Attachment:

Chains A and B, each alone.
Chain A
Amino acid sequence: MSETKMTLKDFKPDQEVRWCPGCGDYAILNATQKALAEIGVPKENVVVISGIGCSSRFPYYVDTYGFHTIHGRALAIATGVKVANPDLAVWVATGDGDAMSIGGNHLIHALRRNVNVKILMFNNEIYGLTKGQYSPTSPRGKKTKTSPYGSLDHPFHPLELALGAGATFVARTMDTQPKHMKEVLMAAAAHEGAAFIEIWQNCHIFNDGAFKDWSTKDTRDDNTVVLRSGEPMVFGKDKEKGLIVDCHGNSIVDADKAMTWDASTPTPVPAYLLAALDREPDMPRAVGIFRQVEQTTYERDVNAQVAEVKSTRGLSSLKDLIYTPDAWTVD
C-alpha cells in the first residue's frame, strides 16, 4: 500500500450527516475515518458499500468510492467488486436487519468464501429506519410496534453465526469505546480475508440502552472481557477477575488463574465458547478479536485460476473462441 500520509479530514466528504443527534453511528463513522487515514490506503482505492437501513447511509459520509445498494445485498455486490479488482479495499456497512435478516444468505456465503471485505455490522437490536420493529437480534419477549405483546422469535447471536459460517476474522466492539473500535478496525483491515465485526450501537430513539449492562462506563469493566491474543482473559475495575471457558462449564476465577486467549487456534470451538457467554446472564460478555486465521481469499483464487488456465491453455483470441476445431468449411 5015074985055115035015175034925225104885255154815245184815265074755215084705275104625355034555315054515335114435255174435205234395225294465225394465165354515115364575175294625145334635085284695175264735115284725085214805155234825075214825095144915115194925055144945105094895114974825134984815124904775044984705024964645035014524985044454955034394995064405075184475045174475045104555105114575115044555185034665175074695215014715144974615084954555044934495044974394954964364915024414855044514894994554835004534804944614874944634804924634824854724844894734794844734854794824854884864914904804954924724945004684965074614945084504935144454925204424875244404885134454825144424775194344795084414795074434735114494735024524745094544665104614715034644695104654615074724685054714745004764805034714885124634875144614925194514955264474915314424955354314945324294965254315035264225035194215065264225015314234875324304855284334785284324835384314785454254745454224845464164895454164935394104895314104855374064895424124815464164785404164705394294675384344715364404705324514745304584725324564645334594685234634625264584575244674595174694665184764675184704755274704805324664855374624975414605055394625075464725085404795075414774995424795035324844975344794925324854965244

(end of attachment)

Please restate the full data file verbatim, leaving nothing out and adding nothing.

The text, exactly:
Chains A and B, each alone.
Chain A
Amino acid sequence: MSETKMTLKDFKPDQEVRWCPGCGDYAILNATQKALAEIGVPKENVVVISGIGCSSRFPYYVDTYGFHTIHGRALAIATGVKVANPDLAVWVATGDGDAMSIGGNHLIHALRRNVNVKILMFNNEIYGLTKGQYSPTSPRGKKTKTSPYGSLDHPFHPLELALGAGATFVARTMDTQPKHMKEVLMAAAAHEGAAFIEIWQNCHIFNDGAFKDWSTKDTRDDNTVVLRSGEPMVFGKDKEKGLIVDCHGNSIVDADKAMTWDASTPTPVPAYLLAALDREPDMPRAVGIFRQVEQTTYERDVNAQVAEVKSTRGLSSLKDLIYTPDAWTVD
C-alpha cells in the first residue's frame, strides 16, 4: 500500500450527516475515518458499500468510492467488486436487519468464501429506519410496534453465526469505546480475508440502552472481557477477575488463574465458547478479536485460476473462441 500520509479530514466528504443527534453511528463513522487515514490506503482505492437501513447511509459520509445498494445485498455486490479488482479495499456497512435478516444468505456465503471485505455490522437490536420493529437480534419477549405483546422469535447471536459460517476474522466492539473500535478496525483491515465485526450501537430513539449492562462506563469493566491474543482473559475495575471457558462449564476465577486467549487456534470451538457467554446472564460478555486465521481469499483464487488456465491453455483470441476445431468449411 5015074985055115035015175034925225104885255154815245184815265074755215084705275104625355034555315054515335114435255174435205234395225294465225394465165354515115364575175294625145334635085284695175264735115284725085214805155234825075214825095144915115194925055144945105094895114974825134984815124904775044984705024964645035014524985044454955034394995064405075184475045174475045104555105114575115044555185034665175074695215014715144974615084954555044934495044974394954964364915024414855044514894994554835004534804944614874944634804924634824854724844894734794844734854794824854884864914904804954924724945004684965074614945084504935144454925204424875244404885134454825144424775194344795084414795074434735114494735024524745094544665104614715034644695104654615074724685054714745004764805034714885124634875144614925194514955264474915314424955354314945324294965254315035264225035194215065264225015314234875324304855284334785284324835384314785454254745454224845464164895454164935394104895314104855374064895424124815464164785404164705394294675384344715364404705324514745304584725324564645334594685234634625264584575244674595174694665184764675184704755274704805324664855374624975414605055394625075464725085404795075414774995424795035324844975344794925324854965244